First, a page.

Treating hepatitis C virus (HCV) among those with genotypes 2 through 5 of the virus is largely cost-effective given current drug pricing and could even save money if such medications are heavily discounted.
Publishing their findings in Alimentary Pharmacology & Therapeutics, researchers conducted a systematic search of electronic databases for published studies that provided cost-effectiveness estimates for the treatment of genotypes 2 through 6 of hep C with direct-acting antivirals (DAAs).
When researchers conduct cost-effectiveness estimates related to a medical intervention, they look for the associated cost to yield one additional quality-adjusted life year (QALY). One year of life lived in perfect health is equivalent to 1.0 QALY, while that figure drops below 1.0 proportional to the lack of perfect health. Additional QALYs resulting from a treatment may be a function of improved health, increased longevity or a composite of the two.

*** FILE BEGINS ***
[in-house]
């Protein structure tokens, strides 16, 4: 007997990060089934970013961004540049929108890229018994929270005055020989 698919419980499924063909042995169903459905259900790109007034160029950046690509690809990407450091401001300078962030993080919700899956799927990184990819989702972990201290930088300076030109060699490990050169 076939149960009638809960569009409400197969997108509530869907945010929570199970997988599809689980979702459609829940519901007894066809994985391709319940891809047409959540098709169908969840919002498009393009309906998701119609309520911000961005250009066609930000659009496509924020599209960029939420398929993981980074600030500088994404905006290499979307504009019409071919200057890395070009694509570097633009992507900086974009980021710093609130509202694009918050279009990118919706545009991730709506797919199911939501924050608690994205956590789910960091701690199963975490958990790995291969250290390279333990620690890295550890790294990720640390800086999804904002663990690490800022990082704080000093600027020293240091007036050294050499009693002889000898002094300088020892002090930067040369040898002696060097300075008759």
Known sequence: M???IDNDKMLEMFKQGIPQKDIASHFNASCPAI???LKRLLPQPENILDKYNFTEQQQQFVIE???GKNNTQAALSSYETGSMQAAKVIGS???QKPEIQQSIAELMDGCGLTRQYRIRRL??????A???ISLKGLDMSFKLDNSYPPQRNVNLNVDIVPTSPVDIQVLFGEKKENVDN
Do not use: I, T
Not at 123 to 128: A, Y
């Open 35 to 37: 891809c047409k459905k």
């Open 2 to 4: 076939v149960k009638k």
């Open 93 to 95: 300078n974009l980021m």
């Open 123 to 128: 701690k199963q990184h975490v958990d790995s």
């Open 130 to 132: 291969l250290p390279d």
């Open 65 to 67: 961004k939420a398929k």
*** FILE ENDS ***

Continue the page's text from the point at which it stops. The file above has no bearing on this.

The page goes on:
The technical term for the cost for one additional QALY is an incremental cost-effectiveness ratio (ICER). In the United States, if an intervention has an associated ICER of less than $100,000, it is typically considered cost-effective.
Drawing from 10 published studies, the new paper’s authors culled together 92 ICER estimates for seven different hep C regimens. Twenty of the ICERs were for treating genotype 2, 40 were for genotype 3, 30 were for genotype 4, two were for genotype 5 and none were for genotype 6, so that rare genotype was left out of the analysis.
If hep C treatment were to cost $40,000, 87 percent of the analyses found that DAAs were cost-effective and 7.6 percent found the regimens saved money. The median threshold cost for HCV treatment below which DAAs would be cost-effective was between $144,400 and $225,000. The related cost-saving threshold was between $17,300 and $25,400. Hep C treatment typically costs considerably less than $100,000 in the United States.
“Timely HCV treatment would be an optimal strategy from both a public health and economic perspective,” the study authors concluded.
To read the study abstract, click here.